I want The Hitchhiker’s Guide to the Galaxy. I love the idea of having a guide for everything. A snarky guide for everything. It would probably get you into trouble, but at least make life interesting. Google Maps is just too damn good at what it does, it’s like, you need some variety in life. It’s the idea of an imperfect piece of technology could make your life interesting, or at least fun.

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Report Card: Children of Men

Read all Children of Men reviews in chronological order.

Depending on how you count, there are only 9 interfaces in Children of Men. This makes sense because it’s not one of those Gee-Whiz-Can-You-Believe-the-Future technofests like Forbidden Planet or Minority Report. Children of Men is a social story about the hopelessness of a world without children, so the small number of interfaces—and even the way they are underplayed—is wholly appropriate to the theme. Given such a small number, you would not expect them to be as spectacular as they are. Or maybe you would. I don’t know how you roll.

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Sci: A (4 of 4) How believable are the interfaces?

The interfaces are wholly believable, given the diegesis. Technology is focused on security, transportation, and distracting entertainment, which is exactly what you’d expect. Nothing breaks physics or reason.

The only ding is that Quietus could have included some nod to its reimbursement promise, and that’s so minor it only reveals itself as a problem after deep consideration. It doesn’t break the flow of the film.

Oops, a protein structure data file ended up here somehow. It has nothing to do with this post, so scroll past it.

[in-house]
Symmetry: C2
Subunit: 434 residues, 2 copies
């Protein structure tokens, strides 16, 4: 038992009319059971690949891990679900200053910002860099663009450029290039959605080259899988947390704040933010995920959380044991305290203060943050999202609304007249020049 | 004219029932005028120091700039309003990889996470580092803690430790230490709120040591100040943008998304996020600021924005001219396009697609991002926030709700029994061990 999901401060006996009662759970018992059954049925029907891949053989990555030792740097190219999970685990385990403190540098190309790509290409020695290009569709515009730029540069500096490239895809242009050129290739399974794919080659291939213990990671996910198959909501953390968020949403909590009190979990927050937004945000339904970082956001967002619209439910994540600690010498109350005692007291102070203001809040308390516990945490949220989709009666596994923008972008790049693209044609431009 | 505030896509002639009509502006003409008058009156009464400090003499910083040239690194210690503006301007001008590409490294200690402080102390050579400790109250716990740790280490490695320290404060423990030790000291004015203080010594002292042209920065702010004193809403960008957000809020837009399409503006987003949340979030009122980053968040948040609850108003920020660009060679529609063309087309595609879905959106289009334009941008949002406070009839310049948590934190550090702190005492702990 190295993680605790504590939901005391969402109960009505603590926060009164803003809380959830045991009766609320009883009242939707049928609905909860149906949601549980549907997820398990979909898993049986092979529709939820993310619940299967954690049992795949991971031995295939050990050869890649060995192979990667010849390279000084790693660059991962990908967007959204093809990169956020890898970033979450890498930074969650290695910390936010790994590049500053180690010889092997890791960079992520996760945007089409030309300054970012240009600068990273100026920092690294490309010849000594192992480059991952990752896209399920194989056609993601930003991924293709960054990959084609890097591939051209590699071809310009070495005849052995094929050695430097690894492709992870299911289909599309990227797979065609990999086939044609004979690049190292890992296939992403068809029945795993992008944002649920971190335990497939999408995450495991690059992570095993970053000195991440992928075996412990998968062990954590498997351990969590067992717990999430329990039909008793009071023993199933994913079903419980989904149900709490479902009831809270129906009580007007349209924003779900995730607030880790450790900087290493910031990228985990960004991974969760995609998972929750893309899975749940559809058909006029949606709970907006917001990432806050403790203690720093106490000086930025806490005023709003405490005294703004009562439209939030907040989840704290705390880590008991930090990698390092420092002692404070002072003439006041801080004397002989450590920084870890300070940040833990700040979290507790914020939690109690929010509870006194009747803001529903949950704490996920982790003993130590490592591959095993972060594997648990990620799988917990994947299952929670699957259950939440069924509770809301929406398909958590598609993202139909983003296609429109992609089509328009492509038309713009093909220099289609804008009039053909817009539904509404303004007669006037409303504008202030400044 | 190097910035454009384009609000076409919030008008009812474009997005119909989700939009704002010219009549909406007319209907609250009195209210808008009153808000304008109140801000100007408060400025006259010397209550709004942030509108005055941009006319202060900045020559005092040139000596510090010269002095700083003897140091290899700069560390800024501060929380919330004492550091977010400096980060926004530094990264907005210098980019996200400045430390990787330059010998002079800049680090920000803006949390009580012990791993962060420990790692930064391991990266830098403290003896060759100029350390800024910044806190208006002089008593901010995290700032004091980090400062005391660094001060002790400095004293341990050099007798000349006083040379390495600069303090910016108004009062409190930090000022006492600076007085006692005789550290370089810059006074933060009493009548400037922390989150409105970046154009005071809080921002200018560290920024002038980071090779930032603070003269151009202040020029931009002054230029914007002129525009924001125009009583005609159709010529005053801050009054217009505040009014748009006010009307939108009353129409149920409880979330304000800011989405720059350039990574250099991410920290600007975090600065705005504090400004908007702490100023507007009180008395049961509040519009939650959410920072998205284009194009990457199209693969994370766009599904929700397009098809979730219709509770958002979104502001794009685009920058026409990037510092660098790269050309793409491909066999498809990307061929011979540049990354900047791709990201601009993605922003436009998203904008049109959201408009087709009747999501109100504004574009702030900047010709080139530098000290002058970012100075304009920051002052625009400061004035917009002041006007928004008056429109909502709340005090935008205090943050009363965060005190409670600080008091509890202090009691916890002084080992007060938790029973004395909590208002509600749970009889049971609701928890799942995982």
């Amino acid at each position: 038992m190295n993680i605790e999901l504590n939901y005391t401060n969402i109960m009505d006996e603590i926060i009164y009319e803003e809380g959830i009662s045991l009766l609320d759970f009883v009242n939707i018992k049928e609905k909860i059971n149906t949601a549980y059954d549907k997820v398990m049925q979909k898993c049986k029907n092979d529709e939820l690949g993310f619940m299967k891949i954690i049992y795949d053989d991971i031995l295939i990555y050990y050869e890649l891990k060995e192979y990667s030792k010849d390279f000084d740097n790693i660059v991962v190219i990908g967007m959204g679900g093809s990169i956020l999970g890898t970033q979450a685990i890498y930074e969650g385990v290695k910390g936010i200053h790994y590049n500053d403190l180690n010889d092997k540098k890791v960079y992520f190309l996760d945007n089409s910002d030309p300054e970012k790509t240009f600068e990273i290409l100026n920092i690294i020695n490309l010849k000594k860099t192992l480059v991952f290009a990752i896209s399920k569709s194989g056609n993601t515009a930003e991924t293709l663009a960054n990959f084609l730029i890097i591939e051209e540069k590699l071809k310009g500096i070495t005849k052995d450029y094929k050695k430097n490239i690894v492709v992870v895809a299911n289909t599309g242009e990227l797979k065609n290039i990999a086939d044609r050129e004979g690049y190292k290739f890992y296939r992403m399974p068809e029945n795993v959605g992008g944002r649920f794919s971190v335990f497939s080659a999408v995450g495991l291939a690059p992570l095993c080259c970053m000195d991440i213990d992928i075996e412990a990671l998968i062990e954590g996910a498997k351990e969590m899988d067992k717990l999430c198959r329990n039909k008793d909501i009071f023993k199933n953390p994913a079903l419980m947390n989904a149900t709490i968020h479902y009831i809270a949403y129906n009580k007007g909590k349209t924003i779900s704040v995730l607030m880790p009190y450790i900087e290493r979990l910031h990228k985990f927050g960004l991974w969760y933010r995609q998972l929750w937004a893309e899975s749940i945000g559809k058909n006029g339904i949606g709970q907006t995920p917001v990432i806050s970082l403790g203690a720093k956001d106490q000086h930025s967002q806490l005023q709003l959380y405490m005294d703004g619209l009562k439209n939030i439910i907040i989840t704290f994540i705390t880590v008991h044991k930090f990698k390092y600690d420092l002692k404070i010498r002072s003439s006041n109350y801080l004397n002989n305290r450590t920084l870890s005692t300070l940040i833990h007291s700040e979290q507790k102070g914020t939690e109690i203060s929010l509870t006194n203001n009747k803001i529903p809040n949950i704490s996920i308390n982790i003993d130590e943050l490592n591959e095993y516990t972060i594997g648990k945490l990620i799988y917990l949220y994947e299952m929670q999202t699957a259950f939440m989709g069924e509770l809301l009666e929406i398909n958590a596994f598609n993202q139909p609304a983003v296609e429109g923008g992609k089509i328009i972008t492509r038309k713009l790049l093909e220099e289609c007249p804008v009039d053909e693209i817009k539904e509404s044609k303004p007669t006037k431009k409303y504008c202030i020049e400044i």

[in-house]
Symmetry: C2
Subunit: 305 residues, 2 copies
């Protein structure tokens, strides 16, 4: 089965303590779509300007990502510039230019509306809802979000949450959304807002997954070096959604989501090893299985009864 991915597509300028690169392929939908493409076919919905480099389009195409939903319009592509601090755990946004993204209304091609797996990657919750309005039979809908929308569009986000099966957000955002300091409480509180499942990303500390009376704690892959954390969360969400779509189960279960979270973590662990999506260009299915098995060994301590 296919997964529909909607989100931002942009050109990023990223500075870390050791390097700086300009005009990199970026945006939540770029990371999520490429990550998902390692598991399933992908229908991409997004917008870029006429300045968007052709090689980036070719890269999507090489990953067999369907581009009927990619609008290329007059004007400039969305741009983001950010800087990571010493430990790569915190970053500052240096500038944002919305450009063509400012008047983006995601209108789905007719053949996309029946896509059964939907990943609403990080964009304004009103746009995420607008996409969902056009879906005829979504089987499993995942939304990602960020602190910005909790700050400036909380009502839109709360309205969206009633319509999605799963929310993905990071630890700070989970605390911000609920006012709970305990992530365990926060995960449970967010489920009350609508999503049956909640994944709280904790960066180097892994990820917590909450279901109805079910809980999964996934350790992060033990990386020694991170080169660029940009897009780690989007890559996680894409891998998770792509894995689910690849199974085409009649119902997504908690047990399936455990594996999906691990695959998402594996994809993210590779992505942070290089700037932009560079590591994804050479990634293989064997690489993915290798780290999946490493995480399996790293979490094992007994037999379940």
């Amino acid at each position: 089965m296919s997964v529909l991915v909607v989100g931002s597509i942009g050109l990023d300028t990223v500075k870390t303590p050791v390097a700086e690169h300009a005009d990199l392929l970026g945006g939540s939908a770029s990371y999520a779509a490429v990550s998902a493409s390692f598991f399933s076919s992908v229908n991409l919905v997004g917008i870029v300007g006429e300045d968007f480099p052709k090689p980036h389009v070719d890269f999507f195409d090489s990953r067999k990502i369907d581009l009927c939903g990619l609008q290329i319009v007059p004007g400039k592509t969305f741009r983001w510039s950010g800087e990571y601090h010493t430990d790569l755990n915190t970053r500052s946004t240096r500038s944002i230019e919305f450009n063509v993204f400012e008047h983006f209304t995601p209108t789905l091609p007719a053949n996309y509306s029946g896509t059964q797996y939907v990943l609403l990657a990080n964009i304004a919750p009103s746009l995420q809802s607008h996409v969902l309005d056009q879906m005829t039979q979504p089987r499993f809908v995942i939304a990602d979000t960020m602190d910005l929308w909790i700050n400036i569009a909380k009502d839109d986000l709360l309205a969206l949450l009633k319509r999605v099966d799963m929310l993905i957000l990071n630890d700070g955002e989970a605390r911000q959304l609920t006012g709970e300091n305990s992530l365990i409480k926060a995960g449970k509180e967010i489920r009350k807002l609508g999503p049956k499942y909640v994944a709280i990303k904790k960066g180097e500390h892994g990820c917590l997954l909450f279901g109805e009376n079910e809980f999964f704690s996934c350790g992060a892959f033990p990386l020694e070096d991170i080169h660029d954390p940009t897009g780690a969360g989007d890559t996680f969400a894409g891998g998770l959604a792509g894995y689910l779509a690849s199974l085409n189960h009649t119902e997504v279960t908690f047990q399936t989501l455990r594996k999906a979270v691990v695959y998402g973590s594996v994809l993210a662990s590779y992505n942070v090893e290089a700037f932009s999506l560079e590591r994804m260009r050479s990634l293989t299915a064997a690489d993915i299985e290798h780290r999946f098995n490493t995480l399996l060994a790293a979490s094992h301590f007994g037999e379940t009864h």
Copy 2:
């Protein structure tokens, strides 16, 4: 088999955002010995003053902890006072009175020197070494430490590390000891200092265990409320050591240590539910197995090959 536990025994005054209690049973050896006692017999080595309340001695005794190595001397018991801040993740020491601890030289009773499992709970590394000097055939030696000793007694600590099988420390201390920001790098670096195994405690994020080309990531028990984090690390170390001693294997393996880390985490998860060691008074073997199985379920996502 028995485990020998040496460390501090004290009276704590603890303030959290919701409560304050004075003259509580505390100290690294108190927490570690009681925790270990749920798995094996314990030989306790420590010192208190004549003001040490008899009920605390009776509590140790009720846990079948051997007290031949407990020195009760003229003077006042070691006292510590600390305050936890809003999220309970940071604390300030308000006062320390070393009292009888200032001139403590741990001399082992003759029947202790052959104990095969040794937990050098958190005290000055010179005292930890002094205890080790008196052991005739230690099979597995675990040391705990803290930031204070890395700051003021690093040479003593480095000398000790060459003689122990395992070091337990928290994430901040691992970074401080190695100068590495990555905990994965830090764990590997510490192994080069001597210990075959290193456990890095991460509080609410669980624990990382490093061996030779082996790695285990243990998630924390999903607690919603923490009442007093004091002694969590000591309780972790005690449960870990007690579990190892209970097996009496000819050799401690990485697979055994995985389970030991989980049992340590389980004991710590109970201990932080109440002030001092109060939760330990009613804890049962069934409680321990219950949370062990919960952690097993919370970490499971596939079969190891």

Fi: A (4 of 4) How well do the interfaces inform the narrative of the story?

All of the interfaces point back in some way to the world that created them and help move the story along. Security is everywhere. Jasper cobbles together technology to help his resistance. Suicide is a government-sanctioned option.

Interfaces: A- (4 of 4)
How well do the interfaces equip the characters to achieve their goals?

  • Luke’s HUD is a little slow, considering that its job is to help avoid collisions.
  • Jasper’s Home Alarm could do more to help its occupants respond effectively to the alarm.
  • The Music Player isn’t very readable at a distance.

These are the main three issues that mar an otherwise very well-considered set of interfaces and technologies.

Final Grade A (12 of 12), Blockbuster.

It’s rare that a film’s interfaces get a full blockbuster rating on this site. The only other one at the time of publication is The Fifth Element. And while I take pains to rate the interfaces as distinct from the movie, I’m pleased when such a brilliant (yet, ironically, dark) film includes brilliant interfaces as well.

Ministry of Art detector gate

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Jumping back in the film a bit, we’re going to visit the Ministry of Art. When Theo goes there to visit his brother, after the car pulls to the front of the secured building, Theo steps out and walks toward a metal-detector gate.

Its quite high, about 3 meters tall. The height helps to reinforce the notion that this is a public space.

  1. This principle, that short ceilings are personal, and high ceilings are public, is I believe a well-established one in architectural design. Read the Alexandrian pattern if you’d like to read more about it.
  2. Is it a public space? It is, since it’s a Ministry. But it isn’t, since he joins his brother in what looks like a rich person’s private dining room. I was always a bit confused by what this place was meant to be. Perhaps owning to The Dark Times, Nigel has cited Minister rights and cordoned off part of the Tate Modern to live in. If anyone can explain this, please speak up.